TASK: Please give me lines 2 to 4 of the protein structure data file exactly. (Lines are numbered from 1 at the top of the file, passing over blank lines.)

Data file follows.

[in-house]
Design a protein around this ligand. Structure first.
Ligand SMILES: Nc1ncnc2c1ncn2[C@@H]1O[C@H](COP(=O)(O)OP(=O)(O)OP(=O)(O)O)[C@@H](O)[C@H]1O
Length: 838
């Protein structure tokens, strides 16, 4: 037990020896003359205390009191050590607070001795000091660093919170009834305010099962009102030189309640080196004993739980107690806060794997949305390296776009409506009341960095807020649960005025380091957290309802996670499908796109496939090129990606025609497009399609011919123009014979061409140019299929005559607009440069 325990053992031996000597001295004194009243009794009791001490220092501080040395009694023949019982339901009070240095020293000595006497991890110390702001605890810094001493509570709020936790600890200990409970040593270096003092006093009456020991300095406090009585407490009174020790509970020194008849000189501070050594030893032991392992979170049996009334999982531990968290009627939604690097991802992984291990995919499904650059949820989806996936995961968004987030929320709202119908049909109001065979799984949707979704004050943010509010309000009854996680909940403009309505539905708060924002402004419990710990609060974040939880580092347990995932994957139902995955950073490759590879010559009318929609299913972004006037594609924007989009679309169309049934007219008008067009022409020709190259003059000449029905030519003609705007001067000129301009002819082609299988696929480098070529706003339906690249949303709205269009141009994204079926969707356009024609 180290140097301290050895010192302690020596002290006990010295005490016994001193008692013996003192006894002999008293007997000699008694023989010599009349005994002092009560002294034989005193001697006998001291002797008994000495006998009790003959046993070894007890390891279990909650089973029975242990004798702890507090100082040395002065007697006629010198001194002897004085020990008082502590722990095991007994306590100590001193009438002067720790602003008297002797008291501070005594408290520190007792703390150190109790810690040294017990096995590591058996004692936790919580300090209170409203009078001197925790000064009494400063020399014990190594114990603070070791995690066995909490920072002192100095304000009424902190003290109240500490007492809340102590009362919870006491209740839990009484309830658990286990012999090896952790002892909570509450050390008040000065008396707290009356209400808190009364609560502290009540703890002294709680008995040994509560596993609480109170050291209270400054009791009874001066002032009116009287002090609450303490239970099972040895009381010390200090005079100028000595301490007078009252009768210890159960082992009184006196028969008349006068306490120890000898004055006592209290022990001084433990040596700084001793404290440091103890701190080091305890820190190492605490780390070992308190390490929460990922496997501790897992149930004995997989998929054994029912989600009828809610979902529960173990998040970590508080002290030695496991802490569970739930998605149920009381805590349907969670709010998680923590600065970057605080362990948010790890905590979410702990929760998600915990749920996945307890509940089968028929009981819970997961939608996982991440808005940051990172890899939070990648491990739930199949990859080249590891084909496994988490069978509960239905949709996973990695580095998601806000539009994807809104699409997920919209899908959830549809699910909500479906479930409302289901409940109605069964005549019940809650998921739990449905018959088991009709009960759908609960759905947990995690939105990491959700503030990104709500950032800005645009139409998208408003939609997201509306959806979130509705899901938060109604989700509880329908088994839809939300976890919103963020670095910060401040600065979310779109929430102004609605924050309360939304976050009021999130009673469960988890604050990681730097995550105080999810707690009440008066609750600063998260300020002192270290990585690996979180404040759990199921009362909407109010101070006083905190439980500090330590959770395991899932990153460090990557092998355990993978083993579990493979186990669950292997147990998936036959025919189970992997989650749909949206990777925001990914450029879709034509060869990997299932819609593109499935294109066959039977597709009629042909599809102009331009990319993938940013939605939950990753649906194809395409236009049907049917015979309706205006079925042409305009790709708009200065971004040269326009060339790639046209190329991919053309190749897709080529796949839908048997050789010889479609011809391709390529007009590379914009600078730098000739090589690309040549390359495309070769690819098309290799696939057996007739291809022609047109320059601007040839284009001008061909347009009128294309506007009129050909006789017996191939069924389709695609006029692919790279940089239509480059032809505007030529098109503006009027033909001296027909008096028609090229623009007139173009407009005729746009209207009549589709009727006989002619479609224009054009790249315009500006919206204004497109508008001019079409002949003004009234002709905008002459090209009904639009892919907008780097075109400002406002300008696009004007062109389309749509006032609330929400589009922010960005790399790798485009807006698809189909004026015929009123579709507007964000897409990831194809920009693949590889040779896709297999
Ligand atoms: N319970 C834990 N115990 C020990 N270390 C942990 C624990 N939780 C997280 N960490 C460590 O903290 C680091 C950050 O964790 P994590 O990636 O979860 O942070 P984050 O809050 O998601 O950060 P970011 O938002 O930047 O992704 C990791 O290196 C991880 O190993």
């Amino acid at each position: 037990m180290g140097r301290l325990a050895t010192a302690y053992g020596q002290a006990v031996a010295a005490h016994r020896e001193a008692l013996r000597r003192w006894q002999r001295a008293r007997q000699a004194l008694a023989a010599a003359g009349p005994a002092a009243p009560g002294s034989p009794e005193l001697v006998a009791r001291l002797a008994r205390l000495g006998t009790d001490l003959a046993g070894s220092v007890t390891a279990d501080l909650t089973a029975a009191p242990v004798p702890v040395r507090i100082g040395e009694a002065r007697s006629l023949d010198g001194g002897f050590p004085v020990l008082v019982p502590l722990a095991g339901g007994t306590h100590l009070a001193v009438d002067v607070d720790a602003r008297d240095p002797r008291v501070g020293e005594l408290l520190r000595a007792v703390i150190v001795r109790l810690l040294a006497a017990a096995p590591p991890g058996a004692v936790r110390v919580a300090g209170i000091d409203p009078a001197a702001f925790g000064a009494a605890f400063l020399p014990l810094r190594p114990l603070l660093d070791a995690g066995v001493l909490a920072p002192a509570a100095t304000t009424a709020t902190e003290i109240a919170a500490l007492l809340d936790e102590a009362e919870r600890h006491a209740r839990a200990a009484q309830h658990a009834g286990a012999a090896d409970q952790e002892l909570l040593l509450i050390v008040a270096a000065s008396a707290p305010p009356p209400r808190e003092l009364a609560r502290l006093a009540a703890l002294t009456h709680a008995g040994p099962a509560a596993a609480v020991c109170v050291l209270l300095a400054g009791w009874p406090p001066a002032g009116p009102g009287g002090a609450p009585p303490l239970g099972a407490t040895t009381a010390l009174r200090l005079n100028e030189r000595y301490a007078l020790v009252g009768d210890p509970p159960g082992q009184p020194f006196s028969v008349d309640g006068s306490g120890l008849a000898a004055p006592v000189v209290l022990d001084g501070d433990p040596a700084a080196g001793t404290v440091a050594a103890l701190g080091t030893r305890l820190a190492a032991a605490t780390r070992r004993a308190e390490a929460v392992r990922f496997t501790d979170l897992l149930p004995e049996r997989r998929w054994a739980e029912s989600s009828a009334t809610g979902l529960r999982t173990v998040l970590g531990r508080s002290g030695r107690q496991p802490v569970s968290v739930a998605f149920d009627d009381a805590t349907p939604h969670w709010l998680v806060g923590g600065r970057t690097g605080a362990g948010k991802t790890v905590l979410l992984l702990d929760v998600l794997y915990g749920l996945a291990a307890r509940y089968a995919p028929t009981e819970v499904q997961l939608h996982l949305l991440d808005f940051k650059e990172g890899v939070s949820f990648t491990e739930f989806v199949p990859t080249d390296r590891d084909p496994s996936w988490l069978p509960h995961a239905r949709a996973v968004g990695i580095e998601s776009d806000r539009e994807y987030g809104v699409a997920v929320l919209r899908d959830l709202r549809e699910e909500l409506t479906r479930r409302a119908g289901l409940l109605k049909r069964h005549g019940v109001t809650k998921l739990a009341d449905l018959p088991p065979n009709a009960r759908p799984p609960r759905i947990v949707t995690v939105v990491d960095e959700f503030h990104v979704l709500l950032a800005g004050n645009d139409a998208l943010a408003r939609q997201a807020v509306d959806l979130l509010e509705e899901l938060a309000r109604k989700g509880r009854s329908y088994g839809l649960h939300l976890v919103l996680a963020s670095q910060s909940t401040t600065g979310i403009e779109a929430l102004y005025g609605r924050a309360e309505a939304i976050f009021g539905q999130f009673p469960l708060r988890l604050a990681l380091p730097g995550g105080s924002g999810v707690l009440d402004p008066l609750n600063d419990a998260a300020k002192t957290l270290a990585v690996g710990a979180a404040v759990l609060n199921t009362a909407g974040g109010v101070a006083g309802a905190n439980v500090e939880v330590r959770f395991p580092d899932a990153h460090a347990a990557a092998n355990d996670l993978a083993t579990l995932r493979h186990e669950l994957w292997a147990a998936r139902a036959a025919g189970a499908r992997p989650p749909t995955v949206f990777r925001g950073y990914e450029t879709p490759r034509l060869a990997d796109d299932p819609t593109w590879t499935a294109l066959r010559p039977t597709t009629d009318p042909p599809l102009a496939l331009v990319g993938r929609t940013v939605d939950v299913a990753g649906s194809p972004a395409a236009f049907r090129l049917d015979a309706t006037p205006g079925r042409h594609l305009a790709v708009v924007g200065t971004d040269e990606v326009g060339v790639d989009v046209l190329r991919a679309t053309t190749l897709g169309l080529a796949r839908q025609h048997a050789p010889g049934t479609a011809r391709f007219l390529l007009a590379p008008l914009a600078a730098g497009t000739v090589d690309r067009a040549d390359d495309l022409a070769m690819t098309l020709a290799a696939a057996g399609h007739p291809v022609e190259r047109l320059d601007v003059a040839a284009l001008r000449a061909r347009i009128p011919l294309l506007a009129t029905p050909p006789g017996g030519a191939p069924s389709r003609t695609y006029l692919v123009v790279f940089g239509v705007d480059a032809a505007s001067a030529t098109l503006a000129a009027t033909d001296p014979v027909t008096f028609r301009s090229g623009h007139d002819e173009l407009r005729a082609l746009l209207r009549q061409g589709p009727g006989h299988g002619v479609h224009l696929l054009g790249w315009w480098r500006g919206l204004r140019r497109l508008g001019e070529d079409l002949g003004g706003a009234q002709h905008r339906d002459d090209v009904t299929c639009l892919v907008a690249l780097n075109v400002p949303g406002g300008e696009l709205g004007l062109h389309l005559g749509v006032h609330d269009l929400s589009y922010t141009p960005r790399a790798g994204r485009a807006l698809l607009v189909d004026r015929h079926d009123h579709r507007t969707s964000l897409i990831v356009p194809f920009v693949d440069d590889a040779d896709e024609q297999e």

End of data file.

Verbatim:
Design a protein around this ligand. Structure first.
Ligand SMILES: Nc1ncnc2c1ncn2[C@@H]1O[C@H](COP(=O)(O)OP(=O)(O)OP(=O)(O)O)[C@@H](O)[C@H]1O
Length: 838